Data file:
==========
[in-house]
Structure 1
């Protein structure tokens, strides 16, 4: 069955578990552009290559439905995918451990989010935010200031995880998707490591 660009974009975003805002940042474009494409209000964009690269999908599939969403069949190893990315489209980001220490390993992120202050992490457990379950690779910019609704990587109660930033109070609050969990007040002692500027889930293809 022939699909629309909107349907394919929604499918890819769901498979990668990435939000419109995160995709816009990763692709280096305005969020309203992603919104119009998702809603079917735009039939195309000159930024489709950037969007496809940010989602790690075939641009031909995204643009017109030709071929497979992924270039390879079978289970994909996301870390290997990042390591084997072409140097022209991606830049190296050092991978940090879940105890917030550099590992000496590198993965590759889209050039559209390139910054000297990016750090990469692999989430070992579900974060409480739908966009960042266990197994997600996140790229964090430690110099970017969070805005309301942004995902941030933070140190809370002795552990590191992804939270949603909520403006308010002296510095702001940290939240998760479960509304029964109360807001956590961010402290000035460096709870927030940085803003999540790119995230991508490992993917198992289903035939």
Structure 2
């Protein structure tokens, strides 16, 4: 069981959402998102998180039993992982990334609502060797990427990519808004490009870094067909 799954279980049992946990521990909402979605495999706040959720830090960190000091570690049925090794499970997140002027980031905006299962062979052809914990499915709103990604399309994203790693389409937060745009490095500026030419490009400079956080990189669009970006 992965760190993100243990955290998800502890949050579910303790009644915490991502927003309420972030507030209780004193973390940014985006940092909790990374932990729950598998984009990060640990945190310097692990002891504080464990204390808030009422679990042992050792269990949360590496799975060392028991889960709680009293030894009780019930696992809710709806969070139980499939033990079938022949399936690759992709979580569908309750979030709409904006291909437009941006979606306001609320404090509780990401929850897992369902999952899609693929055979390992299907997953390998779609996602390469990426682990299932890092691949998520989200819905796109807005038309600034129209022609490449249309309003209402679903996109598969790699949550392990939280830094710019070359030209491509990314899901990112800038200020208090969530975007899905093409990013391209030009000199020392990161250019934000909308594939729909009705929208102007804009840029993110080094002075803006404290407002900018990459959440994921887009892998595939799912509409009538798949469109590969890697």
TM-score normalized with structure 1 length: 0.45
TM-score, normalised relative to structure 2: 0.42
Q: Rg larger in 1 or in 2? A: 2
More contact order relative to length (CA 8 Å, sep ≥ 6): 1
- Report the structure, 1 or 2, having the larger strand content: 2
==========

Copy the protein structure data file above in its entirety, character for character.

[in-house]
Structure 1
């Protein structure tokens, strides 16, 4: 069955578990552009290559439905995918451990989010935010200031995880998707490591 660009974009975003805002940042474009494409209000964009690269999908599939969403069949190893990315489209980001220490390993992120202050992490457990379950690779910019609704990587109660930033109070609050969990007040002692500027889930293809 022939699909629309909107349907394919929604499918890819769901498979990668990435939000419109995160995709816009990763692709280096305005969020309203992603919104119009998702809603079917735009039939195309000159930024489709950037969007496809940010989602790690075939641009031909995204643009017109030709071929497979992924270039390879079978289970994909996301870390290997990042390591084997072409140097022209991606830049190296050092991978940090879940105890917030550099590992000496590198993965590759889209050039559209390139910054000297990016750090990469692999989430070992579900974060409480739908966009960042266990197994997600996140790229964090430690110099970017969070805005309301942004995902941030933070140190809370002795552990590191992804939270949603909520403006308010002296510095702001940290939240998760479960509304029964109360807001956590961010402290000035460096709870927030940085803003999540790119995230991508490992993917198992289903035939």
Structure 2
């Protein structure tokens, strides 16, 4: 069981959402998102998180039993992982990334609502060797990427990519808004490009870094067909 799954279980049992946990521990909402979605495999706040959720830090960190000091570690049925090794499970997140002027980031905006299962062979052809914990499915709103990604399309994203790693389409937060745009490095500026030419490009400079956080990189669009970006 992965760190993100243990955290998800502890949050579910303790009644915490991502927003309420972030507030209780004193973390940014985006940092909790990374932990729950598998984009990060640990945190310097692990002891504080464990204390808030009422679990042992050792269990949360590496799975060392028991889960709680009293030894009780019930696992809710709806969070139980499939033990079938022949399936690759992709979580569908309750979030709409904006291909437009941006979606306001609320404090509780990401929850897992369902999952899609693929055979390992299907997953390998779609996602390469990426682990299932890092691949998520989200819905796109807005038309600034129209022609490449249309309003209402679903996109598969790699949550392990939280830094710019070359030209491509990314899901990112800038200020208090969530975007899905093409990013391209030009000199020392990161250019934000909308594939729909009705929208102007804009840029993110080094002075803006404290407002900018990459959440994921887009892998595939799912509409009538798949469109590969890697």
TM-score normalized with structure 1 length: 0.45
TM-score, normalised relative to structure 2: 0.42
Q: Rg larger in 1 or in 2? A: 2
More contact order relative to length (CA 8 Å, sep ≥ 6): 1
- Report the structure, 1 or 2, having the larger strand content: 2